- Unlike fixed annuities, variable annuities offer a higher income potential and don’t guarantee income.
- A minimum return on your investment is provided in case of your death (also known as death benefit).
- Variable annuities tend to have a higher minimum investment requirement than fixed annuities. However, the greater number of options comes at a higher fee, on top of the surrender charge.
- Distributions are indexed to a market benchmark, such as the Dow Jones or the S&P 500. Indexed annuities often offer a minimum return, but it varies among financial institutions.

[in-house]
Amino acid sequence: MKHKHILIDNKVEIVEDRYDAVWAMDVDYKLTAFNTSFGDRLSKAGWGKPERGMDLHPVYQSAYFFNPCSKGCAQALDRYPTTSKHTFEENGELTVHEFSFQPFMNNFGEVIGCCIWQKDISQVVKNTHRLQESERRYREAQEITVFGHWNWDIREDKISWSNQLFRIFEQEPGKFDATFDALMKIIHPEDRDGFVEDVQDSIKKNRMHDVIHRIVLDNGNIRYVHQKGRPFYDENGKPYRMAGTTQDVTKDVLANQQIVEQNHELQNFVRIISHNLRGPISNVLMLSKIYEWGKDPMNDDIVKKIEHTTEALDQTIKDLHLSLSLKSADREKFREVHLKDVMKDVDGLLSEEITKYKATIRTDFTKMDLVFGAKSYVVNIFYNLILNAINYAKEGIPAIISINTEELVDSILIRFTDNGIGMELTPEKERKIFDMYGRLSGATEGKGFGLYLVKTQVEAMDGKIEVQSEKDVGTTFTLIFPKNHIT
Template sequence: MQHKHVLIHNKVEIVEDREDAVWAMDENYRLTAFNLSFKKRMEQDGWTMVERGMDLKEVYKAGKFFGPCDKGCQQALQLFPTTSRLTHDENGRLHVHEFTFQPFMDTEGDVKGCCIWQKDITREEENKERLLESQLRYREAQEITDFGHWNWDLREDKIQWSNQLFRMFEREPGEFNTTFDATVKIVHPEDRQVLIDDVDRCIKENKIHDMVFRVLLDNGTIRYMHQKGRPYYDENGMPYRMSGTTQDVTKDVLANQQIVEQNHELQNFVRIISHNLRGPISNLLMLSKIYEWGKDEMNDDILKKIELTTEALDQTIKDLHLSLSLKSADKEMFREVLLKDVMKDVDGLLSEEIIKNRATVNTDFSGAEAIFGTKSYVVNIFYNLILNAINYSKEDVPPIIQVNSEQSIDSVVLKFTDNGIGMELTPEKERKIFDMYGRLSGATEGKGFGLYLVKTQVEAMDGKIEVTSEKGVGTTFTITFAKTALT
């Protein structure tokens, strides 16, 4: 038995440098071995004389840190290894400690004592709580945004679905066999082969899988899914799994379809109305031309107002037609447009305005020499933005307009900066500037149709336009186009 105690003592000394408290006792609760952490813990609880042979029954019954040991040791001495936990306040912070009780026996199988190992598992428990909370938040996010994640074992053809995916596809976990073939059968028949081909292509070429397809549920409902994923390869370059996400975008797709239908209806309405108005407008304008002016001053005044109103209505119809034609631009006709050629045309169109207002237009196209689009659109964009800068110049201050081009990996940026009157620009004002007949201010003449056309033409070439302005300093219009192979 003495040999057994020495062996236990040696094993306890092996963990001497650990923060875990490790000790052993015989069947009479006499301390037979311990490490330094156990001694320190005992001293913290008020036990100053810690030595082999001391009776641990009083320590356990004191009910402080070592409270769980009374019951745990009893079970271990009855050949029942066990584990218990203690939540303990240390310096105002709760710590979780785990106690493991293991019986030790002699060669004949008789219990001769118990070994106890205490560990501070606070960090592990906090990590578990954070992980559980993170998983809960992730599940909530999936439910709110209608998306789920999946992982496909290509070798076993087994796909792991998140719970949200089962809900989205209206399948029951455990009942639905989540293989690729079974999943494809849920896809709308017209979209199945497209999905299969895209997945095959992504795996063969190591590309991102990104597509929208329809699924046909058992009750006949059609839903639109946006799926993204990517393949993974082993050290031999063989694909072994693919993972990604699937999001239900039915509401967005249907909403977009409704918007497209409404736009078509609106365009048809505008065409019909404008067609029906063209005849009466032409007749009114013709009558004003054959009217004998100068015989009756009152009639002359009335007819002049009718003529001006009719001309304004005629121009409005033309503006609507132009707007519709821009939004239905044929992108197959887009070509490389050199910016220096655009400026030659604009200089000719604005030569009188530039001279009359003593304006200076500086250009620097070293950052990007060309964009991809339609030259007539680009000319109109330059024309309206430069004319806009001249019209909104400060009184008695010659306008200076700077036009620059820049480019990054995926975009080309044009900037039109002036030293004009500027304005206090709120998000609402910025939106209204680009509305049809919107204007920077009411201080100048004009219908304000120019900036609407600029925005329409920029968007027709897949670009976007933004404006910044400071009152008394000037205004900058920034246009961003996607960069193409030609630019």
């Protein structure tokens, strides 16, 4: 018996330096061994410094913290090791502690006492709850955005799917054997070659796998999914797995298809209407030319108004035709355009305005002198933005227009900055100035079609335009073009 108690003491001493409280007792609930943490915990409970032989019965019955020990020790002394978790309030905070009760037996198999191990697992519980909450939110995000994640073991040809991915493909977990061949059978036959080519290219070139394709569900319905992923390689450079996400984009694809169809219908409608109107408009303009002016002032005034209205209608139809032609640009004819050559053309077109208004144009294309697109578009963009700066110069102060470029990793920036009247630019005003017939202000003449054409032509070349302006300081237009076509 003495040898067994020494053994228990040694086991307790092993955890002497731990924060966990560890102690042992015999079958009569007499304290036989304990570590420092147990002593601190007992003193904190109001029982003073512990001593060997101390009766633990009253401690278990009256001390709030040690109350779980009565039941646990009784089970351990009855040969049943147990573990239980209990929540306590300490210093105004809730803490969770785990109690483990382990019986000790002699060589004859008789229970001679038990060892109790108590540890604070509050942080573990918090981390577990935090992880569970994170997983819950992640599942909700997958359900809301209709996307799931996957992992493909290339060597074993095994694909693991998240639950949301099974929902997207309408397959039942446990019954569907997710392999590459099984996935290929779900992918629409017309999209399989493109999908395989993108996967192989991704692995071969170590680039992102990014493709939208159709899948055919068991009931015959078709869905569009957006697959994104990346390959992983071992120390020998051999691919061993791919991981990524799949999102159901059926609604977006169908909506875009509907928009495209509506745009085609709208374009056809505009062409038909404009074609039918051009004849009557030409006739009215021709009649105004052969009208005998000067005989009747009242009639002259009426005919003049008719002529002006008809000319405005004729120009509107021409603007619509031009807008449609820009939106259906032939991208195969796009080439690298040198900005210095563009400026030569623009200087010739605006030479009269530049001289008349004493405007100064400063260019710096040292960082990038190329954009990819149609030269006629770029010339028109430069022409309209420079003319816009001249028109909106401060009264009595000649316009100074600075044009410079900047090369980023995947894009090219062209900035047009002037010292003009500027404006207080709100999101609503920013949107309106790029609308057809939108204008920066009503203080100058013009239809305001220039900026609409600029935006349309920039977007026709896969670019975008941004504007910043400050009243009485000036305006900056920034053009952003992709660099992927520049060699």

- The return of an indexed annuity is capped and may be subject to a participation rate (percentage of annuity’s participation in the index’s return) and a spread fee (percentage subtracted from the gain linked to the market benchmark).
- Indexed annuities have just a bit more market exposure than that of fixed annuities but less than that of variable annuities.
Should I choose a Roth 403(b) or a Traditional 403(b)?There are three questions that provide you a rule of thumb when deciding between a Roth and a traditional 403(b). Will I be in a higher tax bracket today, or when I retire?
- Today (generally, high earners and older workers): Traditional 403(b)
- When I retire (generally, low earners and younger people): Roth 403(b)
- Yes: Roth 403(b)
- No: Traditional 403(b)
- Yes: Traditional 403(b)
- No: Roth 403(b)